A cowboy at heart: Beach Museum of Art exhibition explores John Steuart Curry's fascination with the American West
Tuesday, Sept. 17, 2019
"The Code of the West," a 20-by-40-inch oil on canvas by John Steuart Curry from 1923, is featured in the exhibition "John Steuart Curry: The Cowboy Within" opening Sept. 24 at Kansas State University's Marianna Kistler Beach Museum of Art. Curry created the illustration for author Zane Grey's serialized story "The Code of the West," featured in the July 7, 1923, edition of The Country Gentleman. The work was a gift to the Spencer Museum of Art at the University of Kansas by Mrs. Ben Hibbs in memory of her husband. | Download this photo.
MANHATTAN — One of the most noted artists to come from Kansas will be featured in a first-of-its-kind exhibition at the Marianna Kistler Beach Museum of Art at Kansas State University.
Using drawings, paintings, magazines and books from the Beach Museum of Art's collection and from several lenders, "John Steuart Curry: The Cowboy Within" is the first exhibition to survey Curry's vision of the American West. The exhibition opens Tuesday, Sept. 24, and runs through March 21, 2020, in the museum's Marion Pelton Gallery.
Curry gained national recognition during the Great Depression with Thomas Hart Benton and Grant Wood as a member of the so-called Regionalist Triumvirate. These artists raised in the Midwest — Curry in Kansas, Benton in Missouri, and Wood in Iowa — led a movement in American art characterized by naturalistic depictions of the local scene. Raised on a farm in northeast Kansas, Curry is best known for his images of rural Kansas: isolated farms, religious gatherings, approaching storms.
"But another region revealed in his art, the American West, has always deserved more attention," said Elizabeth Seaton, co-curator of the Curry exhibition with Frank Owings Jr., an independent scholar. Seaton is a curator at the Beach Museum of Art, which is home to a major collection of Curry works.
A childhood scrapbook shows a boy under the spell of a Wild West pictured by artists such as Frederic Remington and Charles M. Russell, Seaton said. During the 1920s Curry illustrated serialized magazine stories about western ranch owners and cowboys. Later, Seaton said, Curry would develop imagery for editions of classic books set in the West such as James Fenimore Cooper's "The Prairie"and Mary O'Hara's "My Friend Flicka."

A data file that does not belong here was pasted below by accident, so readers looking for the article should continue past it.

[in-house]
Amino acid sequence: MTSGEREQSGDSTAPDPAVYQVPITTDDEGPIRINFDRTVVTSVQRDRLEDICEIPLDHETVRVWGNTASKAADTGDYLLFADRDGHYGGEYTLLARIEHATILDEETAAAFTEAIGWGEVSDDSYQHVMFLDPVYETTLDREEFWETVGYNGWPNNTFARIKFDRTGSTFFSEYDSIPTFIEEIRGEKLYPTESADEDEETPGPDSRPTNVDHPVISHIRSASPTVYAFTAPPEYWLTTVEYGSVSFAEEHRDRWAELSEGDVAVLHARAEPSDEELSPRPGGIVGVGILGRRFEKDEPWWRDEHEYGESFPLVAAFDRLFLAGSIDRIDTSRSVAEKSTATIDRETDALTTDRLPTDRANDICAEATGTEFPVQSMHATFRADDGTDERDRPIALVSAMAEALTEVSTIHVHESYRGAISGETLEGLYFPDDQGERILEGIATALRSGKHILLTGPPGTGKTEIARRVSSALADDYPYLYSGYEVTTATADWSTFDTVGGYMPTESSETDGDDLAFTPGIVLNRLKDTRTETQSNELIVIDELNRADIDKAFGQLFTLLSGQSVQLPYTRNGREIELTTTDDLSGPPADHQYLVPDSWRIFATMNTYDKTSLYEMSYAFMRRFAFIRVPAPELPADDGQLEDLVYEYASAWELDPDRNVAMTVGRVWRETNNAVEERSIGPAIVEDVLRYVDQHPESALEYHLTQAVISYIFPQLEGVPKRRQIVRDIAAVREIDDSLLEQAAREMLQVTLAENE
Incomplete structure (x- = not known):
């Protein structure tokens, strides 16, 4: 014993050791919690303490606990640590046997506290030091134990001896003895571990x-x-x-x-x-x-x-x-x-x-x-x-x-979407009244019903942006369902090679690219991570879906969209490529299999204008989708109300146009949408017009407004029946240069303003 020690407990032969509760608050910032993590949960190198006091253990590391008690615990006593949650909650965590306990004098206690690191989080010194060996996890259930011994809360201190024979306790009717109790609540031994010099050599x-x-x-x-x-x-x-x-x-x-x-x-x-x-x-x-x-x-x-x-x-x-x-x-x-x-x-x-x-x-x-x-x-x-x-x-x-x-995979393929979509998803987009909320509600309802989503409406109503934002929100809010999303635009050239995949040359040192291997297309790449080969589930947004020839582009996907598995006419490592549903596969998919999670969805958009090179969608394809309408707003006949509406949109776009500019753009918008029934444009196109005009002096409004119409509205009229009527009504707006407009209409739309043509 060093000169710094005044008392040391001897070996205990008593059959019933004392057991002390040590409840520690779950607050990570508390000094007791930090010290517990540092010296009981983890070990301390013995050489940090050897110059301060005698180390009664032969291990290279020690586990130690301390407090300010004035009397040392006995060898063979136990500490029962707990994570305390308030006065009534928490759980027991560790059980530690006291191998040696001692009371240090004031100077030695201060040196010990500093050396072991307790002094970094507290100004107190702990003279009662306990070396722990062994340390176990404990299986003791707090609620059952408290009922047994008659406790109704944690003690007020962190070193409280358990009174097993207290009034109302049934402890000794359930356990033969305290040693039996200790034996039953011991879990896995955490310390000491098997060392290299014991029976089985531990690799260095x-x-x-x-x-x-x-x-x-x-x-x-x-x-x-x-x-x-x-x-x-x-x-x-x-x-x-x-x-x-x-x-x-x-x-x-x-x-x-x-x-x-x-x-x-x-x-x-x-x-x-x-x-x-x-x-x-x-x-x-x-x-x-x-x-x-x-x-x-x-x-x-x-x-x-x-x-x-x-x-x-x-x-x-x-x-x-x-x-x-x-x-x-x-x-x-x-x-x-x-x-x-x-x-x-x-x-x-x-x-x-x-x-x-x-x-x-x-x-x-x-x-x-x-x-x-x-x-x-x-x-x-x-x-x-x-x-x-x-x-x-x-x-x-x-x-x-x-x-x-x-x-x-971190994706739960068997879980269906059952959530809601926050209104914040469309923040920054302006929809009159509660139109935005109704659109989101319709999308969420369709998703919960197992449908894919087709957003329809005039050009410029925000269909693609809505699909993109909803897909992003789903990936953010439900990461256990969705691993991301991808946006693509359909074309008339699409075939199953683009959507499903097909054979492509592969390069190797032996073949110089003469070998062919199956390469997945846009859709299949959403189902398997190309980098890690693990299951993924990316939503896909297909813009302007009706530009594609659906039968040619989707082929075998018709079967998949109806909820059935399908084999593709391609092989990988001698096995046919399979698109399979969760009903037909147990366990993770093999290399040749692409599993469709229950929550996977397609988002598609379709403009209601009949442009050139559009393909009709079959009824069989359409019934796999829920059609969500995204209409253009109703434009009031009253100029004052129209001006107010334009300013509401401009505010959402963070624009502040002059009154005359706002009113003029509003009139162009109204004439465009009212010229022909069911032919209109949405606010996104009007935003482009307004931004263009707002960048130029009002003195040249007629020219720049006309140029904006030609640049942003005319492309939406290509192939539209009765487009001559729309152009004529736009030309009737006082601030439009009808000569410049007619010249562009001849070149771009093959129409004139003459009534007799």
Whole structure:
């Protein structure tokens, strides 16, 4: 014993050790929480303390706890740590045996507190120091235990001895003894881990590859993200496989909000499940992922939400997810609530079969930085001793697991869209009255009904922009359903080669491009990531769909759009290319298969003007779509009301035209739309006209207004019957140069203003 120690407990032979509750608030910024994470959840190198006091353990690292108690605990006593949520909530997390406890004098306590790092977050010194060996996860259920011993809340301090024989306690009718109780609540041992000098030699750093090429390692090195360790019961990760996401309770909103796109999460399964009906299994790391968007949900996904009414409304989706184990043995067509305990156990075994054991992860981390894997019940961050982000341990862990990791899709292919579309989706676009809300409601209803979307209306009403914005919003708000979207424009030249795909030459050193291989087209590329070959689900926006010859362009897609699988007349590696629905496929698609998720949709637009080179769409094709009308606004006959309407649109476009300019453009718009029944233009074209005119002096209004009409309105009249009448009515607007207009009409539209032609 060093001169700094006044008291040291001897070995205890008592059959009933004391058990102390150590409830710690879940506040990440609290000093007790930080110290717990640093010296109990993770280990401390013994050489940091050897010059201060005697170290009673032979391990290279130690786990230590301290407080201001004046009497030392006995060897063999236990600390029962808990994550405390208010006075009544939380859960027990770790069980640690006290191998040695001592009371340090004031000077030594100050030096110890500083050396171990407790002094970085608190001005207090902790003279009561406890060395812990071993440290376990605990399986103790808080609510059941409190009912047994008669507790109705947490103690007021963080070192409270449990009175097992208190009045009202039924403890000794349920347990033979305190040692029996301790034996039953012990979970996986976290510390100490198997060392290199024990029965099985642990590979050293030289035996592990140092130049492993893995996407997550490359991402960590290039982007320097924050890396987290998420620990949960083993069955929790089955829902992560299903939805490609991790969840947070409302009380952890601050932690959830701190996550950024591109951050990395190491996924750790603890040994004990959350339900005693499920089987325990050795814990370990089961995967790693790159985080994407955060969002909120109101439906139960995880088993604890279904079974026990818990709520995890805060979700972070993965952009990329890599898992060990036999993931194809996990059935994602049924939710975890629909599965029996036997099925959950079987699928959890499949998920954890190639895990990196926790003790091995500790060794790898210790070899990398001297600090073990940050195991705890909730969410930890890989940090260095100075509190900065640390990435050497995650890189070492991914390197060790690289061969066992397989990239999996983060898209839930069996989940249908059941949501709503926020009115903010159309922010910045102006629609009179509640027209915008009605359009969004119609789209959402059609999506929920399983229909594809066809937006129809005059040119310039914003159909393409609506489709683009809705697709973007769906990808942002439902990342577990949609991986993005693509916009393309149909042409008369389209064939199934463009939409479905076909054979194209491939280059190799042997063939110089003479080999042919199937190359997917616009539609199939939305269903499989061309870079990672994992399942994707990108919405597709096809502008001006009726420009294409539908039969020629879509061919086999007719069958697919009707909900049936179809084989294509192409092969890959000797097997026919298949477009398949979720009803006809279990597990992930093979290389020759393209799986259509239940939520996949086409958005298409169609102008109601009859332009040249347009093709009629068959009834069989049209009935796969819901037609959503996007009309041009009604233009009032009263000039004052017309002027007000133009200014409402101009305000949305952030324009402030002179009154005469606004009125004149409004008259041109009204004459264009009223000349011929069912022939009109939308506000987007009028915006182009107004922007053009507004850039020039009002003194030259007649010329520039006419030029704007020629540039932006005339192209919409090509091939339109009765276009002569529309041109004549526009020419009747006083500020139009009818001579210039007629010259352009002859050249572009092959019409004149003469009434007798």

During the 1930s the artist interpreted westward expansion in murals for U.S. agencies charged with law enforcement, land management and relations with the country's indigenous population.
"Experiences on his family's second ranch in Arizona nurtured Curry's love of the Western desert and mountains, where he camped and painted," Seaton said. "The West — as a romantic environment of the past and a real locale for exploration and respite — played an important role in shaping the man and his art. Curry may have been a Kansas farm boy at heart, but he had a touch of the cowboy within him."
"John Steuart Curry: The Cowboy Within"is accompanied by an 80-page catalog with an introduction by William H. Truettner, Smithsonian American Art Museum emeritus curator and author of the 1991 book, "The West As America: Reinterpreting Images of the Frontier."
Several related events are planned with the Curry exhibition; all are free and the public is welcome:
• Art in Motion Western-Themed Kickoff Event will be 11 a.m. to 4 p.m. Saturday, Sept. 28, at the Beach Museum of Art.
• "Exodusters Go West: The Settlement of Nicodemus, Kansas," a talk by Angela Bates, the executive director of the Nicodemus Historical Society, will be at 5:30 p.m. Thursday, Nov. 14, at the Beach Museum of Art. Nicodemus is the only remaining western community established by African Americans after the Civil War.
• "John Steuart Curry: The Cowboy Within," a talk by Elizabeth Seaton, curator at the Beach Museum of Art, will be at 2 p.m. Saturday, Nov. 16, at the Volland Store near Alma. More information is available at thevollandstore.com.
• "The Old Chisholm Trail," a talk by Jim Hoy, professor of English at Emporia State University, will be at 5:30 p.m. Thursday, March 5, at the Beach Museum of Art.
Major support for the "John Steuart Curry: The Cowboy Within" exhibition is made possible by the Beach-Edwards Family Foundation, Dan and Beth Bird, the Greater Manhattan Foundation's Lincoln and Dorothy I. Deihl Community Grants Program and the Frank N. and Patricia L. Owings Foundation Inc. Additional support provided by the Archie and Dorothy Hyle Family.
The Beach Museum of Art, at 14th Street and Anderson Avenue, is open Tuesday, Wednesday and Friday from 10 a.m. to 5 p.m.; Thursday from 10 a.m. to 8 p.m.; and Saturday from 11 a.m. to 4 p.m. Admission is free and free parking is available adjacent to the museum.